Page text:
NIC Notes

Insights in Seniors Housing & Care

By: NIC  |  June 15, 2021

“Business as Usual” at People’s United: A Conversation with Matthew Huber

Seniors Housing  |  Skilled Nursing

This past February, M&T Bank Corporation announced its intention to merge with People’s United Financial, Inc. with M&T Bank as the surviving entity. The merger—expected to close in October—brings together two powerhouse seniors housing and care lenders.


The combined company will include about $200 billion in assets, and a network of nearly 1,100 branches spanning 12 states from Maine to Virginia.

People’s United is meanwhile open for business, says Matthew Huber, Market Manager of Healthcare Financial Services at The Bank. His team continues to close loans on a timely basis and provide commercial banking services.

NIC Chief Economist Beth Mace recently talked with Huber about the merger, the benefits for borrowers, and the outlook for the sector. Here is a recap of their conversation.

Mace:  What does the merger mean for existing seniors housing and skilled nursing clients of both organizations? 

Huber: M&T has a big presence in the seniors housing space and has a long-term commitment to the industry. So, I think the merger will be really good for the seniors housing and care borrowers at People’s United. M&T has a robust platform with permanent agency financing from Freddie Mac and FHA/HUD. Borrowers will have more solutions. People’s United is about half the size of M&T. Given their size, we’ll have more room to grow and participate in larger seniors housing and care transactions.   

Mace: Will the merger affect how you traditionally look at borrowers that seek debt funding for seniors housing and skilled nursing mergers?  How about recaps and rehabs? 

Huber: Between now and the actual closing of the merger, we are operating as two separate companies. At People’s United, we have continued to do exactly what we’ve been doing for the last number of years – focus on relationships, advice and tailored solutions. We’re winning new business on a consistent basis. In April, we closed on a refinance loan for Masonicare at Mystic, a life plan community in Connecticut. We recently won a term sheet to provide construction financing for a new project by RSF Partners in New York State. We’re also refinancing a Benchmark property in New England. We’re sticking close to our credit policy in terms of price and structure. Given the pandemic, we’re still winning business because of our relationships with our customers. We’re proud of that.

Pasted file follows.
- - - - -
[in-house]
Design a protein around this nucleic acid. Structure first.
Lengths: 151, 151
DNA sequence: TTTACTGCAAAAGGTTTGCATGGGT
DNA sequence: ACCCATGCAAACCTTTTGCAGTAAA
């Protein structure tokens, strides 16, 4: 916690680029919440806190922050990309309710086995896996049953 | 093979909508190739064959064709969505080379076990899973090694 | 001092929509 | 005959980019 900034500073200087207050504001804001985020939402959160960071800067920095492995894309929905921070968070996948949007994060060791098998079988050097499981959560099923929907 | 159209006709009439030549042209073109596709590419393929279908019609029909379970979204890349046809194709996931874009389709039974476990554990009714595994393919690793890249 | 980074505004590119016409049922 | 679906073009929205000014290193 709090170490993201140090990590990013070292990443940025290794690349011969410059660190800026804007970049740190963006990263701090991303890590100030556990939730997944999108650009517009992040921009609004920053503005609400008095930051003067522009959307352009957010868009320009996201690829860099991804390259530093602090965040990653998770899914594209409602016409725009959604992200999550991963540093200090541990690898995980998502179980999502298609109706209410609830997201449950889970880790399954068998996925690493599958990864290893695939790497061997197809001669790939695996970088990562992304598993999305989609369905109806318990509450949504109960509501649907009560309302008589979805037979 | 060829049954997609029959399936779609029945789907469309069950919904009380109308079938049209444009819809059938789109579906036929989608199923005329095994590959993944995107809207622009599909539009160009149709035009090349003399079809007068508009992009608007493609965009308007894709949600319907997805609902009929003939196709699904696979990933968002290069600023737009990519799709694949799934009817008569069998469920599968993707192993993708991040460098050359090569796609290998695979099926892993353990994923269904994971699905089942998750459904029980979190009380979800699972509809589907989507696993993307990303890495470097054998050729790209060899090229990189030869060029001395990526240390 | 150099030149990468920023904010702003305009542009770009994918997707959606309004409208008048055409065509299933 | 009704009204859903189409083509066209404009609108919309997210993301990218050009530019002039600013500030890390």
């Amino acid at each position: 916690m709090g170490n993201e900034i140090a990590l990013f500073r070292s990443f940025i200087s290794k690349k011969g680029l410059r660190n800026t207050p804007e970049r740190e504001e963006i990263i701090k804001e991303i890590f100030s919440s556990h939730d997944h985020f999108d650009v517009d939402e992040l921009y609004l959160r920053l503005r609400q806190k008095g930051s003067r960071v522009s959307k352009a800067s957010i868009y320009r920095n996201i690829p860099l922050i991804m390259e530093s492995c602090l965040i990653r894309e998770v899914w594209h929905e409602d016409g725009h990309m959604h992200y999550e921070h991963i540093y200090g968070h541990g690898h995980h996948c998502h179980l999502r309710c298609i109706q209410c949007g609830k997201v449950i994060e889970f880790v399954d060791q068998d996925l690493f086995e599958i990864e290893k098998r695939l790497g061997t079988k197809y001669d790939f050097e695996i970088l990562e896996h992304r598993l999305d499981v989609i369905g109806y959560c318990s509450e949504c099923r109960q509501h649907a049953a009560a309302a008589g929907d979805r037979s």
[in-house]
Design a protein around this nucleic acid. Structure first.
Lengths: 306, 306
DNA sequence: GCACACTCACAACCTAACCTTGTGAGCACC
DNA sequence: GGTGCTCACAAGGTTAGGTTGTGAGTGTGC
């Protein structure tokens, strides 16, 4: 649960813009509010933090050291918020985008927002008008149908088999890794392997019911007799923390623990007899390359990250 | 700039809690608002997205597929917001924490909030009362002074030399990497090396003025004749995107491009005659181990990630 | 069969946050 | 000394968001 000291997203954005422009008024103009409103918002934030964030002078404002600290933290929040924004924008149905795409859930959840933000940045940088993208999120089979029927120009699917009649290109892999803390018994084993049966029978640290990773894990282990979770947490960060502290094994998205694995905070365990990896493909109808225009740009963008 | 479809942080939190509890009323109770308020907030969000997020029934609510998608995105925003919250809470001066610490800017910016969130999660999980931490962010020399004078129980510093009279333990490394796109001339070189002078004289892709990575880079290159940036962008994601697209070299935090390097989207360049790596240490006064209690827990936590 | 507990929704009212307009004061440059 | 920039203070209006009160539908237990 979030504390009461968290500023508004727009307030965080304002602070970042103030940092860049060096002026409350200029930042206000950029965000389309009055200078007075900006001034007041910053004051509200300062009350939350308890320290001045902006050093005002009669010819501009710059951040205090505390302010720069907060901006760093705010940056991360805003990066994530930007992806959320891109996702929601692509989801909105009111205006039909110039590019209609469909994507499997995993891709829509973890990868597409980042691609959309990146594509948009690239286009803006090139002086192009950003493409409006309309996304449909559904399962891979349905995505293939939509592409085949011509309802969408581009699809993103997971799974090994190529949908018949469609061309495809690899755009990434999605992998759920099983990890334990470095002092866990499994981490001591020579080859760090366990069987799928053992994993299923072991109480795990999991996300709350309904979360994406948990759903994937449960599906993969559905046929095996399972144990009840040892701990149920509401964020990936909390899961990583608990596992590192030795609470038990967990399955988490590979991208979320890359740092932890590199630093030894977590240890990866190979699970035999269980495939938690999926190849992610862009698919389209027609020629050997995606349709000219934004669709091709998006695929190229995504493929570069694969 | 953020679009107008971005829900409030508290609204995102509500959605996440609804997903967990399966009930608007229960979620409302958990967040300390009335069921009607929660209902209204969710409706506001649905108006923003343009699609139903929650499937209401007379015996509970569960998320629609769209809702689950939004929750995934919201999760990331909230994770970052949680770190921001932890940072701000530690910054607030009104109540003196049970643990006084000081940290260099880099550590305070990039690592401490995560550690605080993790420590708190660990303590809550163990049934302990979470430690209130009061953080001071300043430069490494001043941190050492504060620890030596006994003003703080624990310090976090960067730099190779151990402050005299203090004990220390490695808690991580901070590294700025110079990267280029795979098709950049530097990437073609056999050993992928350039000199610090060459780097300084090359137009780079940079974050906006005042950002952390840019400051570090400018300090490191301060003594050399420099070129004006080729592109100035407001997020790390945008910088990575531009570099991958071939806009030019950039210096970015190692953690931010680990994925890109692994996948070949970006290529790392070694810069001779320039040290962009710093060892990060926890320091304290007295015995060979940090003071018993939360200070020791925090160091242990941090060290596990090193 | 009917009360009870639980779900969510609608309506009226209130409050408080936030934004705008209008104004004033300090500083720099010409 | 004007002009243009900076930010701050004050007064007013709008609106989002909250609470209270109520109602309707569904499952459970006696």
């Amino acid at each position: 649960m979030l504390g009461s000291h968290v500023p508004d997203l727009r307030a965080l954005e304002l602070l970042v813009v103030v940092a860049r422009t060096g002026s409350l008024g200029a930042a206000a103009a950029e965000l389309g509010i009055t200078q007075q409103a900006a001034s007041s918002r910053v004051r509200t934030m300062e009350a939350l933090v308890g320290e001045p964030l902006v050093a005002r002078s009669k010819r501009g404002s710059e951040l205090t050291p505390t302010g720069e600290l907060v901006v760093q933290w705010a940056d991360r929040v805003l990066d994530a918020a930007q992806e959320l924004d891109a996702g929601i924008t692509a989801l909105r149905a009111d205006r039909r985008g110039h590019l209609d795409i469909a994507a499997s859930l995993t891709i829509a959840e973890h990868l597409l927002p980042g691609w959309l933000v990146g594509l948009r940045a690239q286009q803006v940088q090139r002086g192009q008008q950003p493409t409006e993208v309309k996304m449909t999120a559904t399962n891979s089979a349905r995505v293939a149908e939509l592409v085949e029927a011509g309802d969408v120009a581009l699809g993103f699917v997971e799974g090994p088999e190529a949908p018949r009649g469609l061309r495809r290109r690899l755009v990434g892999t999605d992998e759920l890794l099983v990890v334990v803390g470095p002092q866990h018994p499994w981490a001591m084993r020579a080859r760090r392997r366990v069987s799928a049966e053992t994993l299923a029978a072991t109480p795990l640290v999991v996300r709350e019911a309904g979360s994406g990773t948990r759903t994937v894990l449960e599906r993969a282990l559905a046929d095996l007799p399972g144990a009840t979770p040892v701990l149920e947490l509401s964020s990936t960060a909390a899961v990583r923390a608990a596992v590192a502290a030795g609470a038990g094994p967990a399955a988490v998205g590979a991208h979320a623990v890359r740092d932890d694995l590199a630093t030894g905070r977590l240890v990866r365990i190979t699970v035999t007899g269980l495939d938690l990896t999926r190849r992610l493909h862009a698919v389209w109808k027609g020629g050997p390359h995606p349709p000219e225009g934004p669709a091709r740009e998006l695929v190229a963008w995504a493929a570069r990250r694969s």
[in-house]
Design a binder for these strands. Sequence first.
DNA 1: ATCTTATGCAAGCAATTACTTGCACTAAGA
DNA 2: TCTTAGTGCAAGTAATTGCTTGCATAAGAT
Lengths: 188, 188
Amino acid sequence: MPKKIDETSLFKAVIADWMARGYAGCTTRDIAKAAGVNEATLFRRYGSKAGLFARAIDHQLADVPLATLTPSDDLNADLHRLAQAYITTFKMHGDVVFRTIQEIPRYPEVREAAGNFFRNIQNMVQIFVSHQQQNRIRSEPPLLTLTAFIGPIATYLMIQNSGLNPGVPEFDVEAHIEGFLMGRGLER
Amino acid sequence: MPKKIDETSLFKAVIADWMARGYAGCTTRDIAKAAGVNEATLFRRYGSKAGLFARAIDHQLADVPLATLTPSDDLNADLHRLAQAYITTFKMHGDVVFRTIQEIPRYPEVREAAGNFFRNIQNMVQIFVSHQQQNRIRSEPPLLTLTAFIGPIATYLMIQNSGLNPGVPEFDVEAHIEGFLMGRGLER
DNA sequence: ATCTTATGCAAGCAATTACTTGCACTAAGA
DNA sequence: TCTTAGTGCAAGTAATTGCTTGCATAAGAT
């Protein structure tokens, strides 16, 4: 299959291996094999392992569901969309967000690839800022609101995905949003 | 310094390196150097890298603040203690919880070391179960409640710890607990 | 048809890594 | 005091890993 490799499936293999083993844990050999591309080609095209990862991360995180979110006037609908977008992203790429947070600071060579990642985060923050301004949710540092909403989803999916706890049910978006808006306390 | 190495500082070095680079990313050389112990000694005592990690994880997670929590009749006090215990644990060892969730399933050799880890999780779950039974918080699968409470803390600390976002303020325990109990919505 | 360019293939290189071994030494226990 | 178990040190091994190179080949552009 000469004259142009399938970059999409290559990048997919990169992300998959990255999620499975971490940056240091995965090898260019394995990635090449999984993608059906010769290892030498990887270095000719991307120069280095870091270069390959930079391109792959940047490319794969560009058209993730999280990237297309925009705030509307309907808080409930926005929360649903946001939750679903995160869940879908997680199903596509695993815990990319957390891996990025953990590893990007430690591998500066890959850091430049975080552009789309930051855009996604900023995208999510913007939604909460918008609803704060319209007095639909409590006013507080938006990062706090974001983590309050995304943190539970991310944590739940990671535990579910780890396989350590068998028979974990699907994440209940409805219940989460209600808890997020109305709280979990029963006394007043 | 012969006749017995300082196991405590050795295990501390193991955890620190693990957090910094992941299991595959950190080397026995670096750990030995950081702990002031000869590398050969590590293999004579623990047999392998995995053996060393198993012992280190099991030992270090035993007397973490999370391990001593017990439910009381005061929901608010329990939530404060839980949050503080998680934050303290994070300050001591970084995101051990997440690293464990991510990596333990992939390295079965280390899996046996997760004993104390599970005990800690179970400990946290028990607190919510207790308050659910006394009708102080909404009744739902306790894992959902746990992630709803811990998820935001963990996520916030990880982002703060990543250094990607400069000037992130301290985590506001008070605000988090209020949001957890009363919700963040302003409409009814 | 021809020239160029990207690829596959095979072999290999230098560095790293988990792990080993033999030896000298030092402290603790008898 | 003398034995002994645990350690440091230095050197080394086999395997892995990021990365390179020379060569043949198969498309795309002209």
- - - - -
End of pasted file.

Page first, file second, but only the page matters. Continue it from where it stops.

Mace: Are you open for business for new development? 

Huber: Yes. 

Mace: What about turnarounds? 

Huber: Other than new construction, we only finance properties with in-place cash flows. If it’s a turnaround, we can only finance what current cash flows can support. 

Mace: You’ve traditionally been a relationship bank, working with repeat clients that have proven track records with experience in either seniors housing or skilled nursing. What should potential new borrowers be prepared to provide you to become eligible for new debt? 

Huber: Though it’s a big industry, it’s small in terms of the number of companies and banks that are fully engaged in seniors housing and care. It would be surprising if a known company with a portfolio did not have a banking relationship. If we don’t know the company, then we ask other industry stakeholders such as attorneys and accountants if they know the company. Mostly, new borrowers for us must be regional in scope and have multiple properties. If they’re one of our top 20 prospects, they have to provide the same type of information we would ask from anyone making a new request. That includes a real estate schedule of their existing properties to see how they’re doing. We conduct full due diligence. As much as we’re seeing green shoots of positivity in the industry, we’re not out of the woods yet. I need to know borrowers have the liquidity to get them through this time, however long that may be. We’re going with the tried-and-true companies that have been there and done that, whether they’ve banked with us or not.   

Mace: You’ve significantly grown People’s United lending volume with the seniors housing and skilled nursing sector in the last few years. What is your secret to success?